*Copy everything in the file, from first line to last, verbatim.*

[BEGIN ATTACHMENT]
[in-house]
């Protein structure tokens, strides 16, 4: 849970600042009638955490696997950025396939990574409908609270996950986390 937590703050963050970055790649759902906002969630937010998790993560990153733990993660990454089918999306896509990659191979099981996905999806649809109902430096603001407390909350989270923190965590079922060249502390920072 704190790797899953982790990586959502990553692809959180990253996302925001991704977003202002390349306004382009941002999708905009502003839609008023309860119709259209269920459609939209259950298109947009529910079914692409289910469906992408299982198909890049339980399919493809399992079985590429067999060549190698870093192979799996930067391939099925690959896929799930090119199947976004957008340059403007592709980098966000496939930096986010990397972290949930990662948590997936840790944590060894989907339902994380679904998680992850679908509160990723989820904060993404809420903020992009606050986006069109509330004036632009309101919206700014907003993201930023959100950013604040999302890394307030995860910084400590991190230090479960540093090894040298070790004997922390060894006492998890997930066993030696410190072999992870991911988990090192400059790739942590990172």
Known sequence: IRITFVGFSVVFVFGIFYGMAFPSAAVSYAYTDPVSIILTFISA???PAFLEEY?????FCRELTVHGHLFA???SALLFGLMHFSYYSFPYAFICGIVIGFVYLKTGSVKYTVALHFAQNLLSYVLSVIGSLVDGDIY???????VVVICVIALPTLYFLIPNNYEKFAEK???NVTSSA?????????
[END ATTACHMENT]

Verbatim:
[in-house]
């Protein structure tokens, strides 16, 4: 849970600042009638955490696997950025396939990574409908609270996950986390 937590703050963050970055790649759902906002969630937010998790993560990153733990993660990454089918999306896509990659191979099981996905999806649809109902430096603001407390909350989270923190965590079922060249502390920072 704190790797899953982790990586959502990553692809959180990253996302925001991704977003202002390349306004382009941002999708905009502003839609008023309860119709259209269920459609939209259950298109947009529910079914692409289910469906992408299982198909890049339980399919493809399992079985590429067999060549190698870093192979799996930067391939099925690959896929799930090119199947976004957008340059403007592709980098966000496939930096986010990397972290949930990662948590997936840790944590060894989907339902994380679904998680992850679908509160990723989820904060993404809420903020992009606050986006069109509330004036632009309101919206700014907003993201930023959100950013604040999302890394307030995860910084400590991190230090479960540093090894040298070790004997922390060894006492998890997930066993030696410190072999992870991911988990090192400059790739942590990172």
Known sequence: IRITFVGFSVVFVFGIFYGMAFPSAAVSYAYTDPVSIILTFISA???PAFLEEY?????FCRELTVHGHLFA???SALLFGLMHFSYYSFPYAFICGIVIGFVYLKTGSVKYTVALHFAQNLLSYVLSVIGSLVDGDIY???????VVVICVIALPTLYFLIPNNYEKFAEK???NVTSSA?????????